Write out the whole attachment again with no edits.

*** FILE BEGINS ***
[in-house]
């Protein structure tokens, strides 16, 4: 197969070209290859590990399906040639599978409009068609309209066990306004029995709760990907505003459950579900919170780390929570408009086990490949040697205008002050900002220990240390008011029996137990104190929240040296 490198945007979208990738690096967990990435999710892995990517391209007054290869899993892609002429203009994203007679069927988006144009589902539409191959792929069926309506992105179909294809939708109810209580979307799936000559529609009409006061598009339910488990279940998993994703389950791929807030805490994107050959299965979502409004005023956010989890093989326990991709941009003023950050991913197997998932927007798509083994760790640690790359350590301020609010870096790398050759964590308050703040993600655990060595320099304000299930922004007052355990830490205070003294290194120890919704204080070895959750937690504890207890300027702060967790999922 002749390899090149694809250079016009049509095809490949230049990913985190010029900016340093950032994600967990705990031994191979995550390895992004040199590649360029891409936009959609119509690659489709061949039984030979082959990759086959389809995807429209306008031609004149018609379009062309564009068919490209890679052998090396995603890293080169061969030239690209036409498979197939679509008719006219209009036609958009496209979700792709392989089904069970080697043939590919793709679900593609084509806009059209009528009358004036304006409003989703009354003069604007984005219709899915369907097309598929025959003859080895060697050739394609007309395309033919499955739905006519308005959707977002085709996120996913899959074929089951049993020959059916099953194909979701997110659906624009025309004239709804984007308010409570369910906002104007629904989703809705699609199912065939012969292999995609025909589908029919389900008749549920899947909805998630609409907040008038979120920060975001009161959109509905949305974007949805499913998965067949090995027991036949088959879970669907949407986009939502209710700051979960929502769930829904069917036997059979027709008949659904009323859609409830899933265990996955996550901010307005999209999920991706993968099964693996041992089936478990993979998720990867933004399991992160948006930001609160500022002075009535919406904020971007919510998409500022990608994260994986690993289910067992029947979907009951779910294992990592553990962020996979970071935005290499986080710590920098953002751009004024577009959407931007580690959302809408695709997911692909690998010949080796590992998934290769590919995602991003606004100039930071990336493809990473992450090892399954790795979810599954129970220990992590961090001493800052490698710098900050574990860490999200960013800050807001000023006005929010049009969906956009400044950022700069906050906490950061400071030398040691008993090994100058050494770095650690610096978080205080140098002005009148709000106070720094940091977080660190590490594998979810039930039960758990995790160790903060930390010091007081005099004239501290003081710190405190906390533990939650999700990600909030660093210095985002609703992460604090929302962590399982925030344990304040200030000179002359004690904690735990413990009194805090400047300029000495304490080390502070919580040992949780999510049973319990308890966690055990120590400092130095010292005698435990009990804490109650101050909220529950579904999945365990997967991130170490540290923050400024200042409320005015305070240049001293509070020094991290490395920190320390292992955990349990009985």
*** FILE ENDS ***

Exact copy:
[in-house]
């Protein structure tokens, strides 16, 4: 197969070209290859590990399906040639599978409009068609309209066990306004029995709760990907505003459950579900919170780390929570408009086990490949040697205008002050900002220990240390008011029996137990104190929240040296 490198945007979208990738690096967990990435999710892995990517391209007054290869899993892609002429203009994203007679069927988006144009589902539409191959792929069926309506992105179909294809939708109810209580979307799936000559529609009409006061598009339910488990279940998993994703389950791929807030805490994107050959299965979502409004005023956010989890093989326990991709941009003023950050991913197997998932927007798509083994760790640690790359350590301020609010870096790398050759964590308050703040993600655990060595320099304000299930922004007052355990830490205070003294290194120890919704204080070895959750937690504890207890300027702060967790999922 002749390899090149694809250079016009049509095809490949230049990913985190010029900016340093950032994600967990705990031994191979995550390895992004040199590649360029891409936009959609119509690659489709061949039984030979082959990759086959389809995807429209306008031609004149018609379009062309564009068919490209890679052998090396995603890293080169061969030239690209036409498979197939679509008719006219209009036609958009496209979700792709392989089904069970080697043939590919793709679900593609084509806009059209009528009358004036304006409003989703009354003069604007984005219709899915369907097309598929025959003859080895060697050739394609007309395309033919499955739905006519308005959707977002085709996120996913899959074929089951049993020959059916099953194909979701997110659906624009025309004239709804984007308010409570369910906002104007629904989703809705699609199912065939012969292999995609025909589908029919389900008749549920899947909805998630609409907040008038979120920060975001009161959109509905949305974007949805499913998965067949090995027991036949088959879970669907949407986009939502209710700051979960929502769930829904069917036997059979027709008949659904009323859609409830899933265990996955996550901010307005999209999920991706993968099964693996041992089936478990993979998720990867933004399991992160948006930001609160500022002075009535919406904020971007919510998409500022990608994260994986690993289910067992029947979907009951779910294992990592553990962020996979970071935005290499986080710590920098953002751009004024577009959407931007580690959302809408695709997911692909690998010949080796590992998934290769590919995602991003606004100039930071990336493809990473992450090892399954790795979810599954129970220990992590961090001493800052490698710098900050574990860490999200960013800050807001000023006005929010049009969906956009400044950022700069906050906490950061400071030398040691008993090994100058050494770095650690610096978080205080140098002005009148709000106070720094940091977080660190590490594998979810039930039960758990995790160790903060930390010091007081005099004239501290003081710190405190906390533990939650999700990600909030660093210095985002609703992460604090929302962590399982925030344990304040200030000179002359004690904690735990413990009194805090400047300029000495304490080390502070919580040992949780999510049973319990308890966690055990120590400092130095010292005698435990009990804490109650101050909220529950579904999945365990997967991130170490540290923050400024200042409320005015305070240049001293509070020094991290490395920190320390292992955990349990009985």